If you can do an analysis like the above very quickly, while keeping the entire format in mind, you should be in good shape in this format.

I decided I would take the Briarberry Cohort from this pack, as the format is very aggressive overall and I also like Blue a little better than the options Grief Tyrant provides. I certainly couldn’t argue too much with anyone who took the Tyrant from this pack, but I really think the Cohort is just a better all-round pick.

I hope this article was a nice change of pace and also helps you to think more broadly about your picks during a draft. Unfortunately I’m unable to attend Grand Prix: Indianapolis because of a vacation that was scheduled about a year ago. I feel like I have a strong handle on the format overall, and I’m pretty annoyed that I can’t attend, but I guess I’ll have to remedy that by long days of doing nothing but enjoying the time off. Good luck if you’re going, and hopefully this helps anyone who is testing a lot.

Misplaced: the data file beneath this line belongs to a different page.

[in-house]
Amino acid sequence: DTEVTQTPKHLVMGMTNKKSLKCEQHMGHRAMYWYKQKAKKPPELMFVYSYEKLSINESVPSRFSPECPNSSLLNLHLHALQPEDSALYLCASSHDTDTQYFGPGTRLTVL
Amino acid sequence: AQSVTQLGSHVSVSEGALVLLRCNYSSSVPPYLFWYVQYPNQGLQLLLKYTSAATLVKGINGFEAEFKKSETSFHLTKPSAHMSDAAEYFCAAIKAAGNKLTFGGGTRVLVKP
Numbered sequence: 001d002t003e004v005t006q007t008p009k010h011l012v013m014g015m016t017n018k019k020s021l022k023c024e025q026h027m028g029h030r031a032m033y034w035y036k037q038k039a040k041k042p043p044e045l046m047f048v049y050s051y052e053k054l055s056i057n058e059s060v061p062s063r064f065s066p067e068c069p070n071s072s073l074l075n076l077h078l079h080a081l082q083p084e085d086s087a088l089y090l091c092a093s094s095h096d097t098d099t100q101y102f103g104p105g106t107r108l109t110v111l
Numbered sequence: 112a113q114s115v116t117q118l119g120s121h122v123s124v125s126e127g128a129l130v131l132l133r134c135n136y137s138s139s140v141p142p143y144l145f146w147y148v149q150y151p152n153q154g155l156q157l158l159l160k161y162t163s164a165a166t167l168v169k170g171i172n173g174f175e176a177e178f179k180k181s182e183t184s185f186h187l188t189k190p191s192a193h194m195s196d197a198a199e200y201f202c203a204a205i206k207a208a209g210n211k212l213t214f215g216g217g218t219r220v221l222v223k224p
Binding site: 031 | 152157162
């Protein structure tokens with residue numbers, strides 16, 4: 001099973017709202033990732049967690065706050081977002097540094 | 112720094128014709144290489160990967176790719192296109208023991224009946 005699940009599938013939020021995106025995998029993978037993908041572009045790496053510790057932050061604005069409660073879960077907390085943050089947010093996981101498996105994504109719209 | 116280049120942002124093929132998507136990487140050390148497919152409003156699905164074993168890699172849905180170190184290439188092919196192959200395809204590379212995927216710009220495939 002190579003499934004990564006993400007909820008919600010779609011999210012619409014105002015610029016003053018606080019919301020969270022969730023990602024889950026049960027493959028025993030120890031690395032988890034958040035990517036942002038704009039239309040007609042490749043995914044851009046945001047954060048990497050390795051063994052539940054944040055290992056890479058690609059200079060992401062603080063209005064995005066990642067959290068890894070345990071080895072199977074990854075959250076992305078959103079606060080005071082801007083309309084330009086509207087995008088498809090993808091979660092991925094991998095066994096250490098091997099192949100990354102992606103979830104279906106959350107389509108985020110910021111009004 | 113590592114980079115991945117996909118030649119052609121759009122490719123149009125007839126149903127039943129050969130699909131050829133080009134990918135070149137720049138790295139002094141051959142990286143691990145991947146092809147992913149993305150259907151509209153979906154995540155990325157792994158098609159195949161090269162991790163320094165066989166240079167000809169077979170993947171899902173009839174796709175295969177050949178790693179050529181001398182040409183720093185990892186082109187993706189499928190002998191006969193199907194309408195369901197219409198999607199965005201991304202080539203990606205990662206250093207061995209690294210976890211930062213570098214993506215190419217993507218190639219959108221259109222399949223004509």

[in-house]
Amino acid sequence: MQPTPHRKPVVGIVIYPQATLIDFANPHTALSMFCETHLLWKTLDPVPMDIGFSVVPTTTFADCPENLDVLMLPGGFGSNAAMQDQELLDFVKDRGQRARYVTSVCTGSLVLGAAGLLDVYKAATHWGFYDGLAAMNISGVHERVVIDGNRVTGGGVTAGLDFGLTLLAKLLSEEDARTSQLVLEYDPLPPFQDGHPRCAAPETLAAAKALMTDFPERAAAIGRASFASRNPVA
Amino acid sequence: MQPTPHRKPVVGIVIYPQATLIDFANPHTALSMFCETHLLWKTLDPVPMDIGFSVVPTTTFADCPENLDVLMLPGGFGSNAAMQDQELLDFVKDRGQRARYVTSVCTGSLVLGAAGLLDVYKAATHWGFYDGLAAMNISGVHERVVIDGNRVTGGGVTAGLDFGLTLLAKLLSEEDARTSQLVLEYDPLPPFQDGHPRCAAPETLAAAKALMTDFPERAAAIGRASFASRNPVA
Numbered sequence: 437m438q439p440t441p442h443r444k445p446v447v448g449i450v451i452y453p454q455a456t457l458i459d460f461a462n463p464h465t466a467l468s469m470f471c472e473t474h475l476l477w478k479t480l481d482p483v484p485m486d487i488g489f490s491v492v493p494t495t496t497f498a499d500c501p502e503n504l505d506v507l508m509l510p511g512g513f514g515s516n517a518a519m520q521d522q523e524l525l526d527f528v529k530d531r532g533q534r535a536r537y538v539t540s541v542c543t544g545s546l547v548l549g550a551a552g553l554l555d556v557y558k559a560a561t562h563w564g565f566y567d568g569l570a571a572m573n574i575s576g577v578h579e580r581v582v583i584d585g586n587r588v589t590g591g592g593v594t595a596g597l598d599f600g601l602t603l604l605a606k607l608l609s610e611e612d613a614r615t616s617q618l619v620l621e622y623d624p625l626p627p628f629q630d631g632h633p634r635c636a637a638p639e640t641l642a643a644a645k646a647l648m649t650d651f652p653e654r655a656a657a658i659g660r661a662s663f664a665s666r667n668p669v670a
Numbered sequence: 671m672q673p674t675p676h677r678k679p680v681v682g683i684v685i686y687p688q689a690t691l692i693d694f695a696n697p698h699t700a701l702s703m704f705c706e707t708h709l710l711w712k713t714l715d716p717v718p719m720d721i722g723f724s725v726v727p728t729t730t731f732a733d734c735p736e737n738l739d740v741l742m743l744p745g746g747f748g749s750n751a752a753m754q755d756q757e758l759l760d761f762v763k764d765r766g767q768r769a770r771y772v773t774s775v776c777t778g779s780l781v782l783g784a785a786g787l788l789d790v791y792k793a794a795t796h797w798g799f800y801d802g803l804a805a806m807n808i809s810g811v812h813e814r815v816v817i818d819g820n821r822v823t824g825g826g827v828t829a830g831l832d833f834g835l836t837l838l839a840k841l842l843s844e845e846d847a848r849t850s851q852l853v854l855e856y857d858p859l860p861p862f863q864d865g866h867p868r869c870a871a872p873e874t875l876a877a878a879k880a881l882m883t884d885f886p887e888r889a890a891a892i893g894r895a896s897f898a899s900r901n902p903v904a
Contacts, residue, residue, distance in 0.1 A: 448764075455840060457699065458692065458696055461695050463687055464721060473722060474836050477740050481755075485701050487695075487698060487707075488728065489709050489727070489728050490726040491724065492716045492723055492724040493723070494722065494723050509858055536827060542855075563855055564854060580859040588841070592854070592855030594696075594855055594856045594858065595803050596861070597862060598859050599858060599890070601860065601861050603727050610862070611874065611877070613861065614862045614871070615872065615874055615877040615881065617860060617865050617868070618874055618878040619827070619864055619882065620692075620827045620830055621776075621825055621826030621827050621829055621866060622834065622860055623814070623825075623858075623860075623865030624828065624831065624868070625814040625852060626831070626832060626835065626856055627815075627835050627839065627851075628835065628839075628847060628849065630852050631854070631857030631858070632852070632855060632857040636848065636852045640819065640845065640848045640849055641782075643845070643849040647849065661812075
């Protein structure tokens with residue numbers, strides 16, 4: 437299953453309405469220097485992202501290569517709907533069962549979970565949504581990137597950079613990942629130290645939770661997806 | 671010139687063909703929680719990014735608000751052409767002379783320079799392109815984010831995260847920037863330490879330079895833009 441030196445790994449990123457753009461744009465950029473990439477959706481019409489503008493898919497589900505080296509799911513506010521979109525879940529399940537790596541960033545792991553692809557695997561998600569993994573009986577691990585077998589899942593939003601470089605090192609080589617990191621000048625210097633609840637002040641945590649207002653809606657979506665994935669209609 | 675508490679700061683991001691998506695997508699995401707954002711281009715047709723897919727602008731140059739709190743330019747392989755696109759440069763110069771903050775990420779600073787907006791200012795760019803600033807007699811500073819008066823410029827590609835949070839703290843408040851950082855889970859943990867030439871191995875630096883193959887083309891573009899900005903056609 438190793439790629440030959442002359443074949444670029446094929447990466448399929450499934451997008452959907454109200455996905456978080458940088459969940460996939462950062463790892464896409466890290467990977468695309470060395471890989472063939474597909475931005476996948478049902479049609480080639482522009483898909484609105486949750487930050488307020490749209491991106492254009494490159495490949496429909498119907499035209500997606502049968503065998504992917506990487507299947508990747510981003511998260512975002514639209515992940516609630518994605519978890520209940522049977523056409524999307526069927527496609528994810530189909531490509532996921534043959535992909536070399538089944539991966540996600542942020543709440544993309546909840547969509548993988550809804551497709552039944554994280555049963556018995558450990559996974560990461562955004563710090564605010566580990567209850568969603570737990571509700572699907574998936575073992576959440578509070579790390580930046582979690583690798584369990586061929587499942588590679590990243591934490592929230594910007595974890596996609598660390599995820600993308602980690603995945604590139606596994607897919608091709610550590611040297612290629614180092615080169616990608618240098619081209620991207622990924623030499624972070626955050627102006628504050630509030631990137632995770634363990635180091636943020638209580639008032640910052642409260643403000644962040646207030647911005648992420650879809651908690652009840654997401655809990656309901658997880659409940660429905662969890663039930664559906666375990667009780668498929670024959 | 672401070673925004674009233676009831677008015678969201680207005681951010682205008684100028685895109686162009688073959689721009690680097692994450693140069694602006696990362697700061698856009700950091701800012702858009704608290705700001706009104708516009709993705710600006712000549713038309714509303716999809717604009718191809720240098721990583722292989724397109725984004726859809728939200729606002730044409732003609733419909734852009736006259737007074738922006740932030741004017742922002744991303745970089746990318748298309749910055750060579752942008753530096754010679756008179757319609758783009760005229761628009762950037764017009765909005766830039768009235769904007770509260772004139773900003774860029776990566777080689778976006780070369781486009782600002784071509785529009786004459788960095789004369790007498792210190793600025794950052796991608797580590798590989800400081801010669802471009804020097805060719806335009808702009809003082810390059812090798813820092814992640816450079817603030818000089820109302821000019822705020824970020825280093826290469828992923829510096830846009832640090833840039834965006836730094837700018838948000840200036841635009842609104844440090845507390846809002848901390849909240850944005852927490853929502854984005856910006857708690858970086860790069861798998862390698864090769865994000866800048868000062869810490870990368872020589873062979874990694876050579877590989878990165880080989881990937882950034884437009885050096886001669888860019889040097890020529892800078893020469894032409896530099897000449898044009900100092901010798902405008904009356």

Nick Eisel
[email protected]